Service for GFCI Outlets GFCI outlets do not last indefinitely. As a result, some of yours may no longer be safeguarding you as well as they should, including next to your hvac equipment. GFCI outlets that work save thousands of lives every year by preventing electrical shocks caused by wet hands, inappropriate extension cord use, and touching bare exposed wires, among other things. But only if they’re functional.

The average GFCI outlet has a 10-year life expectancy. If your house is older, there’s a significant probability that at least some of your GFCI outlets aren’t working. If your area is prone to corrosion, excessive humidity, and/or frequent storms or power surges, GFCI outlets may become inoperable in as little as 5 years.

Contractors and developers sometimes buy GFCIs in quantity, which results in the cheapest-made units on the market, exacerbating the problem. Purchasing specification grade, commercial grade, or hospital grade receptacles will ensure a longer lifespan. For just a few dollars more, you can get considerably better GFCIs.

Examining your GFCI

GFCI outlet that isn’t working
Testing your GFCI outlet is the easiest way to determine if it is still working. The outlet must be turned on in order to do so. A GFCI outlet that isn’t energized can’t be tested, and it won’t let you reset it until it is.

The simplest method is to use the outlet’s TEST button. This causes a ground fault and interrupts the flow of power. As a result, the spring-loaded RESET button pops out. The circuit can then be reconnected and regular operation resumed by pressing the RESET button. A red TEST button and a black RESET button are common GFCI outlets, while modern outlets may have a different appearance.

If the GFCI does not trip when you press the TEST button, replace it as soon as feasible. If your test trips the outlet but the RESET button does not reset, it needs to be changed (it wasn’t protecting you in the first place). Because a GFCI outlet can’t be reset if it doesn’t have electricity, be sure the breaker isn’t tripped before assuming the GFCI outlet is broken.

Your GFCI outlets should be tested at least once a year. It’ll take a little extra effort, but it could save your life.


Tester for GFCI outlets


Simply plug it in, push the tester’s button, and check to see if your GFCI outlet trips. Indicator lights on testers like this one indicate whether any outlet (GFCI or standard) is properly wired. It can detect issues such as an open ground, an open neutral, an open hot, or inverted wires. When a circuit is tested, even if it does not appear to be a regular GFCI, it will go dead. If this is the case, you either have a GFCI breaker in the main panel or the outlet you tested is “downstream” from another GFCI outlet. If this is the case, locate the breaker or outlet and reset it.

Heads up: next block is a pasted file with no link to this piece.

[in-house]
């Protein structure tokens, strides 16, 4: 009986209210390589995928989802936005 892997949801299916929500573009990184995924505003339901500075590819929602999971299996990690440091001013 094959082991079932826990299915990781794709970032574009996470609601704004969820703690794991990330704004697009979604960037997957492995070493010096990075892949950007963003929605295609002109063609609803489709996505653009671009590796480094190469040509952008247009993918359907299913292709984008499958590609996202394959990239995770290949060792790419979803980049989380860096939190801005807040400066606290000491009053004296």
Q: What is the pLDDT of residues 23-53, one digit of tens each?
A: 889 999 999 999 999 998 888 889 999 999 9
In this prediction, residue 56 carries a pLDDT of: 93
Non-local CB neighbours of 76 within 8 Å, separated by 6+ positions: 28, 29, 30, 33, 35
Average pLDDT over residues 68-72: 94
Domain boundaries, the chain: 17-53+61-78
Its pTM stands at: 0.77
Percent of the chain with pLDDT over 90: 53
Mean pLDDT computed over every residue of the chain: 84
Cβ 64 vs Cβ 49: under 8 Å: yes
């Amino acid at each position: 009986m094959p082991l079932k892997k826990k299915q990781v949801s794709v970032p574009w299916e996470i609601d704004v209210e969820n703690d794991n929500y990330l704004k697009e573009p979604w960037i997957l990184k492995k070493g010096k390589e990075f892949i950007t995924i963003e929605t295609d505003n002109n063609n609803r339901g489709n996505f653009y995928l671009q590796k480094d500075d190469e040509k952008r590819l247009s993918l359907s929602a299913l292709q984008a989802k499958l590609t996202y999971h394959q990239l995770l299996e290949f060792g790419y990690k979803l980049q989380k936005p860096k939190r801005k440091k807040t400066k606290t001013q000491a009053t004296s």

Protocol for Replacement
There is no way to fix outlets without dismantling them. They must be replaced if they are proven to be defective. Check and verify GFCI functionality in each quartier with a tester. Replace one at a time for the first five years, as needed. If one fails after five years, replace them all.


First and foremost, there is safety.
Any homeowner may (and should) perform their own GFCI outlet testing. Average householders should leave the replacement of a GFCI outlet that has reached the end of its operational life to a licensed electrician. If you ignore this advice, keep in mind that all electrical repair should be done safely, which includes turning off the circuit at the breaker and inspecting all wires in an outlet box before touching anything. This is especially critical in boxes with several outlets and/or switches. Never assume a wire is broken. Before touching anything, use an electrical circuit tester. If you don’t have one, you can acquire one for less than $15 in a set with a GFCI outlet tester. Every homeowner should have these useful gadgets.

Conclusions and Recommendations
GFCI outlets, like smoke and CO detectors, wear out and fail after a few years. It’s very likely that some of your GFCIs have failed or have outlived their usefulness. You can test your GFCI outlets securely using your own tools. Any outlets that have failed should be replaced by a certified electrician. Another issue to avoid is installing a master GFCI (a GFCI that controls a group of non-GFCI outlets) in a closet or other inaccessible area. When these are tripped, finding them can be time consuming and annoying.